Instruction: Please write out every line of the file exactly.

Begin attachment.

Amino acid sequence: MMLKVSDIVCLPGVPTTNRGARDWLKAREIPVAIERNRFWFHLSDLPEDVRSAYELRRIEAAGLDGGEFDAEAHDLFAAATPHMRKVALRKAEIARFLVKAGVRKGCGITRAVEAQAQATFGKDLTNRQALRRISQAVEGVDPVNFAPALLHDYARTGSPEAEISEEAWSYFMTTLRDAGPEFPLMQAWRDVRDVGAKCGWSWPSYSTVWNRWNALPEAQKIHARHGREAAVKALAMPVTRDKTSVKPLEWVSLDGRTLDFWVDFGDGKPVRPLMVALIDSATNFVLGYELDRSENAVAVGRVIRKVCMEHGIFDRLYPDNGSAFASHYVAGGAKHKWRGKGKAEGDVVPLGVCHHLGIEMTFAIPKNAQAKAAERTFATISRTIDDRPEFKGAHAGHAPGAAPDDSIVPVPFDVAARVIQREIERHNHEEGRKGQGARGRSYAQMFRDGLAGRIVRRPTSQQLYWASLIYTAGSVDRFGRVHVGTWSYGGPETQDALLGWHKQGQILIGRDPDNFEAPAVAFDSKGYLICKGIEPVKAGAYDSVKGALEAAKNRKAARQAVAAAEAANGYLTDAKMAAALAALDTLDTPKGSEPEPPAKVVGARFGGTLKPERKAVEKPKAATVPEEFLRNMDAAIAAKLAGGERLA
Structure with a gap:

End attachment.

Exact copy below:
Amino acid sequence: MMLKVSDIVCLPGVPTTNRGARDWLKAREIPVAIERNRFWFHLSDLPEDVRSAYELRRIEAAGLDGGEFDAEAHDLFAAATPHMRKVALRKAEIARFLVKAGVRKGCGITRAVEAQAQATFGKDLTNRQALRRISQAVEGVDPVNFAPALLHDYARTGSPEAEISEEAWSYFMTTLRDAGPEFPLMQAWRDVRDVGAKCGWSWPSYSTVWNRWNALPEAQKIHARHGREAAVKALAMPVTRDKTSVKPLEWVSLDGRTLDFWVDFGDGKPVRPLMVALIDSATNFVLGYELDRSENAVAVGRVIRKVCMEHGIFDRLYPDNGSAFASHYVAGGAKHKWRGKGKAEGDVVPLGVCHHLGIEMTFAIPKNAQAKAAERTFATISRTIDDRPEFKGAHAGHAPGAAPDDSIVPVPFDVAARVIQREIERHNHEEGRKGQGARGRSYAQMFRDGLAGRIVRRPTSQQLYWASLIYTAGSVDRFGRVHVGTWSYGGPETQDALLGWHKQGQILIGRDPDNFEAPAVAFDSKGYLICKGIEPVKAGAYDSVKGALEAAKNRKAARQAVAAAEAANGYLTDAKMAAALAALDTLDTPKGSEPEPPAKVVGARFGGTLKPERKAVEKPKAATVPEEFLRNMDAAIAAKLAGGERLA
Structure with a gap: